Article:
Uber Freight, which officially launched in May as a way for short-haul truckers to more easily book their loads, is making a big national push after a test run in Texas.
Truckers will be able to book freight pick-ups in California, Arizona, Georgia, the Carolinas and around the Chicago area, the company announced in a blog post Aug. 3. The rollout will take a few months. The Uber Freight app also will begin proactively suggesting loads to truckers based on their past routes and deliveries.
“We aren’t releasing specific numbers on carriers and shipments, but since we started testing with Texas truckers in January we’ve seen a tenfold increase in load volumes,” Bill Driegert, director of Uber Freight, told USA Today.
Traditionally, truckers have used brokers to schedule their routes. But with the advent of smartphones and algorithms, that task can now be handled by an app.
The space is getting hot. Seattle-based Convoy, which launched its trucking app in 2015, recently announced that it had closed a $62 million Series B round with investments from Y Combinator as well as Bill Gates.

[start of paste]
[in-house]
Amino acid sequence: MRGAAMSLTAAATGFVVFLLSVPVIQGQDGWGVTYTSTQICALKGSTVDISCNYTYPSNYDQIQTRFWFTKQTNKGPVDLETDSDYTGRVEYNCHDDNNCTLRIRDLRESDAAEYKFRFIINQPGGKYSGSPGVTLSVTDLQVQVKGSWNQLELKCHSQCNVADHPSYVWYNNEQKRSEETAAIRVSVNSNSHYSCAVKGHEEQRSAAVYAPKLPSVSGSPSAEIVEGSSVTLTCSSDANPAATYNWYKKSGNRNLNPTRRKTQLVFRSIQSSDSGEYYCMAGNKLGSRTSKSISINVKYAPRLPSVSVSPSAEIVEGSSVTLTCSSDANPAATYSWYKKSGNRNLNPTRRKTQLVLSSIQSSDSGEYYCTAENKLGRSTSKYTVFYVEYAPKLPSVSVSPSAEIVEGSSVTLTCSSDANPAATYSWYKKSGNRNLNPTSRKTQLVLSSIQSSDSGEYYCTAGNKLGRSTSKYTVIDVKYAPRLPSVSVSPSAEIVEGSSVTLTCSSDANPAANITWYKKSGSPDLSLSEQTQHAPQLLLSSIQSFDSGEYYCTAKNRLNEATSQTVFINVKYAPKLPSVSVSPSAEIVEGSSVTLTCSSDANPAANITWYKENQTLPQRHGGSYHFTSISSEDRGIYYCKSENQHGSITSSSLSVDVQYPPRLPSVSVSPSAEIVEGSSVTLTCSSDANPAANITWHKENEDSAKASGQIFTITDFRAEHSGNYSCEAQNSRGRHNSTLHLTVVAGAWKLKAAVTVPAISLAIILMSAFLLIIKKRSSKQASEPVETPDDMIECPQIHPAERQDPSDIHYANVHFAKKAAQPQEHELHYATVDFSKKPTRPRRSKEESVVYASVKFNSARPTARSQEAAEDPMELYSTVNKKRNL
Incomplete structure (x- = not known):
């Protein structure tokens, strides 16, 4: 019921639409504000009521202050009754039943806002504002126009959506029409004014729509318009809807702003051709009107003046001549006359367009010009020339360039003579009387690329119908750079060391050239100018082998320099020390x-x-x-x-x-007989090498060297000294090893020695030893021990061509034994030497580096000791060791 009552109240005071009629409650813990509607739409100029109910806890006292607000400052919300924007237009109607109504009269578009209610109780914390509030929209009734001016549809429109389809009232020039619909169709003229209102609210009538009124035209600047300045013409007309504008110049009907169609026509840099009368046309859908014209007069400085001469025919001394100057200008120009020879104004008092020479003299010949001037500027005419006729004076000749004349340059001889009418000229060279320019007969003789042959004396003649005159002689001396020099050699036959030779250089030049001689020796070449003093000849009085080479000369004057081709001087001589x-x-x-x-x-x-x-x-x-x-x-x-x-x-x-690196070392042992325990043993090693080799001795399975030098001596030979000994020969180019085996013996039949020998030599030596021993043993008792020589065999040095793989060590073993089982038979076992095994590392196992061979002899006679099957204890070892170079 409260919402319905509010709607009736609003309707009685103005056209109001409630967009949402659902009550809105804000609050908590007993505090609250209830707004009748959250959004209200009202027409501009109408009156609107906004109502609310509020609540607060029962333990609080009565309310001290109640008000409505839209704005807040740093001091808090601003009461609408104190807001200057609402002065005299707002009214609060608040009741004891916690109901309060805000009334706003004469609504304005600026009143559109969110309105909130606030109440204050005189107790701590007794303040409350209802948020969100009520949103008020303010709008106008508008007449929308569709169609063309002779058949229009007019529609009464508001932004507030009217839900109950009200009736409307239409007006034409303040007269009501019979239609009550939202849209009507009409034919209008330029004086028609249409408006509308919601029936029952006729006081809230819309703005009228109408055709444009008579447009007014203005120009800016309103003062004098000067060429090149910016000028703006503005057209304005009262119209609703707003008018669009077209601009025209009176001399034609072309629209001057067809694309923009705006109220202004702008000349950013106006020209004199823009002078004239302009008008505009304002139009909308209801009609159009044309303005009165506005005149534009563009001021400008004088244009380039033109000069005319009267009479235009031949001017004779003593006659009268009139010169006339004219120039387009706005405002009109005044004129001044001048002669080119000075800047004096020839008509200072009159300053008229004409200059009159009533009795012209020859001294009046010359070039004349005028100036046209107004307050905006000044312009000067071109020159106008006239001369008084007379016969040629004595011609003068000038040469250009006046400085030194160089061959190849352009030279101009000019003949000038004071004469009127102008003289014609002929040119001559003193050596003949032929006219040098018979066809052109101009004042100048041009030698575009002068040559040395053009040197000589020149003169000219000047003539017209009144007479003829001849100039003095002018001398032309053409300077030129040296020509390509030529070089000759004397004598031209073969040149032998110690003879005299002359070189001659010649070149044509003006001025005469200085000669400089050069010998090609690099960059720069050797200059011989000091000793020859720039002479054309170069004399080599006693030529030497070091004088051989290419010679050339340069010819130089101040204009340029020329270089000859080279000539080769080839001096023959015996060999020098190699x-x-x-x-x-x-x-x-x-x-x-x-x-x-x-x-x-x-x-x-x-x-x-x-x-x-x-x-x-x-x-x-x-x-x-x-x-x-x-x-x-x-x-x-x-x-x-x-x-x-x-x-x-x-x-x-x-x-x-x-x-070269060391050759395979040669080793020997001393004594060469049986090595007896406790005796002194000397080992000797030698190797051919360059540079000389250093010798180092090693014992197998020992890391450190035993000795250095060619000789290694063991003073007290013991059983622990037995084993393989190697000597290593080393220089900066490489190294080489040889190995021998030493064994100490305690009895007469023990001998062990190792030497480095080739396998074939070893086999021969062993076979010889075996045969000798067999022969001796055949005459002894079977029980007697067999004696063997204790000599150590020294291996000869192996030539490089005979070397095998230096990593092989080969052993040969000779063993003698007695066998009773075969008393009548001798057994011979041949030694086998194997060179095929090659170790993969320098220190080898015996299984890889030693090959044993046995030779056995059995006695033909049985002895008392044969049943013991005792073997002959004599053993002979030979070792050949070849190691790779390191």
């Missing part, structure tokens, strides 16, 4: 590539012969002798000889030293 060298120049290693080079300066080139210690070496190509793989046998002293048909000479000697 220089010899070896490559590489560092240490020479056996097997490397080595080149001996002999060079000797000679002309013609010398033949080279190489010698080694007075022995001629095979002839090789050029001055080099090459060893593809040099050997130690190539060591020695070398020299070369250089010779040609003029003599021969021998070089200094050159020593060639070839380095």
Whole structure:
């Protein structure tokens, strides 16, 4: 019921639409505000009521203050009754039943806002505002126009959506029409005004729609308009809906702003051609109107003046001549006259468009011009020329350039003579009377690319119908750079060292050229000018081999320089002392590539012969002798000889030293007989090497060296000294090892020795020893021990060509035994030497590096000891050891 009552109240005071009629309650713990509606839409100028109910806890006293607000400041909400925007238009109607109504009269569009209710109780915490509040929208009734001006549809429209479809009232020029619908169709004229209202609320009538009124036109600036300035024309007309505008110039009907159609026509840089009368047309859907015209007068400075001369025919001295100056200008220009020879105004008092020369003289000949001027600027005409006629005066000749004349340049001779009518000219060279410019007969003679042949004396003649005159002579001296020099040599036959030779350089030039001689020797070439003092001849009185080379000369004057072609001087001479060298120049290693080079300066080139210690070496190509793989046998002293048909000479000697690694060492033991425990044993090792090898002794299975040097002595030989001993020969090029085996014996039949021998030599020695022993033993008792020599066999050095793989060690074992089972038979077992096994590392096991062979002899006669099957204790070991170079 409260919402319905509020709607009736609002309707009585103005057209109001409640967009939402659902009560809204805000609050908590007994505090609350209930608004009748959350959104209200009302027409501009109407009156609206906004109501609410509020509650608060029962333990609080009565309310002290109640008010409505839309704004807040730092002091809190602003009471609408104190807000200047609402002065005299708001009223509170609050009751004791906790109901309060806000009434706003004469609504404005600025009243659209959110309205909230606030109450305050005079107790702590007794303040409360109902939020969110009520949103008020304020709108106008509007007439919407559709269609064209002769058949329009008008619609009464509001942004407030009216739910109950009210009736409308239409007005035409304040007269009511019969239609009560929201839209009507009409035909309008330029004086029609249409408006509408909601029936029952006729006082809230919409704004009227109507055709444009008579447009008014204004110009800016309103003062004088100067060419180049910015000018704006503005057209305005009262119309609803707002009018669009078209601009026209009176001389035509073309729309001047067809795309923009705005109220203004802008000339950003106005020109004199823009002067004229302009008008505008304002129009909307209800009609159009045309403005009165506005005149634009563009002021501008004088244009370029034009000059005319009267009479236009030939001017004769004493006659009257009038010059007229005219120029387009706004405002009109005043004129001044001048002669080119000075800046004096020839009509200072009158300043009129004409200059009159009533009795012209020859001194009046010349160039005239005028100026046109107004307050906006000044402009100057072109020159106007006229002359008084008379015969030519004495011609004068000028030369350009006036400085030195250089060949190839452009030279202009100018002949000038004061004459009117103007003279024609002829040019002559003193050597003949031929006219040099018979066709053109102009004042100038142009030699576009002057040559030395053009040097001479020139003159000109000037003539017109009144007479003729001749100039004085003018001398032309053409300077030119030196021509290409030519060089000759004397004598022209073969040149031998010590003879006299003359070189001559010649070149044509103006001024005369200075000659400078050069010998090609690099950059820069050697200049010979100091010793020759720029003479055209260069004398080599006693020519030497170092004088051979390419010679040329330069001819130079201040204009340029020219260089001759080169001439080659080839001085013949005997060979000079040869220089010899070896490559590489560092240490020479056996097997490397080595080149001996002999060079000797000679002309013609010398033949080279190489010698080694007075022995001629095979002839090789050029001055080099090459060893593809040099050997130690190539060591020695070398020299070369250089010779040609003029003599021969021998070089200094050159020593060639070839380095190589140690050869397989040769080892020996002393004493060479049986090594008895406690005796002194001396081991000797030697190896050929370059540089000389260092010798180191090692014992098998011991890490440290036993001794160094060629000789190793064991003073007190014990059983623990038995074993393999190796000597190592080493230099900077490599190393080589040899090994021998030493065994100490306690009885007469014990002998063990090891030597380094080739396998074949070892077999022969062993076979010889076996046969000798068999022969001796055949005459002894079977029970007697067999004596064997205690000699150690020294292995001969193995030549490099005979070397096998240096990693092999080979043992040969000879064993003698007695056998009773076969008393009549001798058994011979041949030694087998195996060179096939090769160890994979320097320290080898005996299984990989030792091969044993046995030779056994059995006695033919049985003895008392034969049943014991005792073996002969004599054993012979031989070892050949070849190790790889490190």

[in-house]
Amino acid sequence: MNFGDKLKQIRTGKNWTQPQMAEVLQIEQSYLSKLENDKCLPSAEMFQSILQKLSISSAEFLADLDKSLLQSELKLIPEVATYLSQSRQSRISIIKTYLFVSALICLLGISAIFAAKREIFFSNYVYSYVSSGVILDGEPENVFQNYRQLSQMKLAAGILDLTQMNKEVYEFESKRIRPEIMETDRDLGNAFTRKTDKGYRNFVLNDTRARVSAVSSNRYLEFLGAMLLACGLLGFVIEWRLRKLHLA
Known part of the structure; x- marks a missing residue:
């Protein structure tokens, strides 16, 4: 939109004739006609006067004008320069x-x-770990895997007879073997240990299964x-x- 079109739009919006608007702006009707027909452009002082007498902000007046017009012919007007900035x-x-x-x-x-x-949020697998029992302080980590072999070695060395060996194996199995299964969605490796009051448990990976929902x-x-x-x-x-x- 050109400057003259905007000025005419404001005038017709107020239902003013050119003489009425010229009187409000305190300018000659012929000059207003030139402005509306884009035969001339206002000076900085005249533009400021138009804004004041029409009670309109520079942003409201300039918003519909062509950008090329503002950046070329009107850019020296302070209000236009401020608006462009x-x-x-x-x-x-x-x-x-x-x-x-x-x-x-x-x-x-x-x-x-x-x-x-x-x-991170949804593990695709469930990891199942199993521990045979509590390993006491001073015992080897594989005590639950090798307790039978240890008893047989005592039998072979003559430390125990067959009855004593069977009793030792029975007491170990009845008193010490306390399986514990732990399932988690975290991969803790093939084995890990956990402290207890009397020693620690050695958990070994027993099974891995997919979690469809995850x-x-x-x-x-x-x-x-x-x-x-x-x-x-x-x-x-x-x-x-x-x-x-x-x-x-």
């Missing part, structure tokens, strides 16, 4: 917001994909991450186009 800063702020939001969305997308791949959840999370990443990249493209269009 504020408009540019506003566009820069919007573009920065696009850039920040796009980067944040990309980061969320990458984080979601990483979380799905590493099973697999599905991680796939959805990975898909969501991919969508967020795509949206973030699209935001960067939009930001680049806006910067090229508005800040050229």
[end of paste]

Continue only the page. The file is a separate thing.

Finding a new revenue stream in the trucking world makes sense for Uber, which is facing headwinds in both its internal politics (the company is on the hunt for a CEO after co-founder Travis Kalanick was ousted in the wake of a sexual harassment scandal) and its international expansion (Uber’s hopes to rule ride-hailing in China and Russia have devolved into partnerships).
Trucking remains the lifeblood of American commerce, an $800 billion a year business that struggles to find enough drivers to meet demand.
Apps such as Convoy and Uber Freight hope to address a few common concerns of drivers, which include transparency and efficient in payments as well as route scheduling that gets them home faster.
“There are a variety of companies out there calling themselves the ‘Uber of freight,’ but we feel there are nuances in the transportation market that we are uniquely well suited to solve,” says Eric Berdinis, product leader on Uber Freight.
“In freight, you have a similar story to what you had with taxis,” he says. “There’s little visibility into where loads or trucks are, and it’s an error prone process that often leaves drivers with the short end of the stick, missing shipments or being short-changed on fees.”
While Uber Freight is trying to empower truck drivers, the company’s very own Uber ATG trucks division, formerly known as Otto, is working hard on self-driving technology that would find them monitoring a truck’s progress on the highway from inside the cab.
“We’ve never said we’re going to remove (truck) drivers,” says Berdinis. “Our (two) teams have very different focuses, and different problems to solve.”